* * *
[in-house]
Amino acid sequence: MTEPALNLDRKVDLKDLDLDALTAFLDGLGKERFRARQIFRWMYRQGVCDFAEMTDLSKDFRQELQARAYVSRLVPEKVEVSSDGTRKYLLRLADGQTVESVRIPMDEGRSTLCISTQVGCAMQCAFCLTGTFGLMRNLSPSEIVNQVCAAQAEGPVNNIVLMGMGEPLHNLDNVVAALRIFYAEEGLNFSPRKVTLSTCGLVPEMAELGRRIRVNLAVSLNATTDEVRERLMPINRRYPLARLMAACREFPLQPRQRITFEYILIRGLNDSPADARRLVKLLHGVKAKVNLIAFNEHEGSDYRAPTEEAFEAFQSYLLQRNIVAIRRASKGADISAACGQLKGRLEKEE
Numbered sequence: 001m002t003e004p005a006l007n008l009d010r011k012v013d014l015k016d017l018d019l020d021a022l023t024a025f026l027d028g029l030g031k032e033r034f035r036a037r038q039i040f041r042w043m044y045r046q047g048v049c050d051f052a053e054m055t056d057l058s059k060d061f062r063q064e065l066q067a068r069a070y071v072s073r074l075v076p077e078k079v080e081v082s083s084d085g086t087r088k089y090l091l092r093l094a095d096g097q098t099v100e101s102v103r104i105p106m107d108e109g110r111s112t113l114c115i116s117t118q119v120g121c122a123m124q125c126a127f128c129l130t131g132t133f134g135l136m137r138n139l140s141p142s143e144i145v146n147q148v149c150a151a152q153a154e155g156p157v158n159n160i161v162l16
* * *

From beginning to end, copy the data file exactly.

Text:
[in-house]
Amino acid sequence: MTEPALNLDRKVDLKDLDLDALTAFLDGLGKERFRARQIFRWMYRQGVCDFAEMTDLSKDFRQELQARAYVSRLVPEKVEVSSDGTRKYLLRLADGQTVESVRIPMDEGRSTLCISTQVGCAMQCAFCLTGTFGLMRNLSPSEIVNQVCAAQAEGPVNNIVLMGMGEPLHNLDNVVAALRIFYAEEGLNFSPRKVTLSTCGLVPEMAELGRRIRVNLAVSLNATTDEVRERLMPINRRYPLARLMAACREFPLQPRQRITFEYILIRGLNDSPADARRLVKLLHGVKAKVNLIAFNEHEGSDYRAPTEEAFEAFQSYLLQRNIVAIRRASKGADISAACGQLKGRLEKEE
Numbered sequence: 001m002t003e004p005a006l007n008l009d010r011k012v013d014l015k016d017l018d019l020d021a022l023t024a025f026l027d028g029l030g031k032e033r034f035r036a037r038q039i040f041r042w043m044y045r046q047g048v049c050d051f052a053e054m055t056d057l058s059k060d061f062r063q064e065l066q067a068r069a070y071v072s073r074l075v076p077e078k079v080e081v082s083s084d085g086t087r088k089y090l091l092r093l094a095d096g097q098t099v100e101s102v103r104i105p106m107d108e109g110r111s112t113l114c115i116s117t118q119v120g121c122a123m124q125c126a127f128c129l130t131g132t133f134g135l136m137r138n139l140s141p142s143e144i145v146n147q148v149c150a151a152q153a154e155g156p157v158n159n160i161v162l16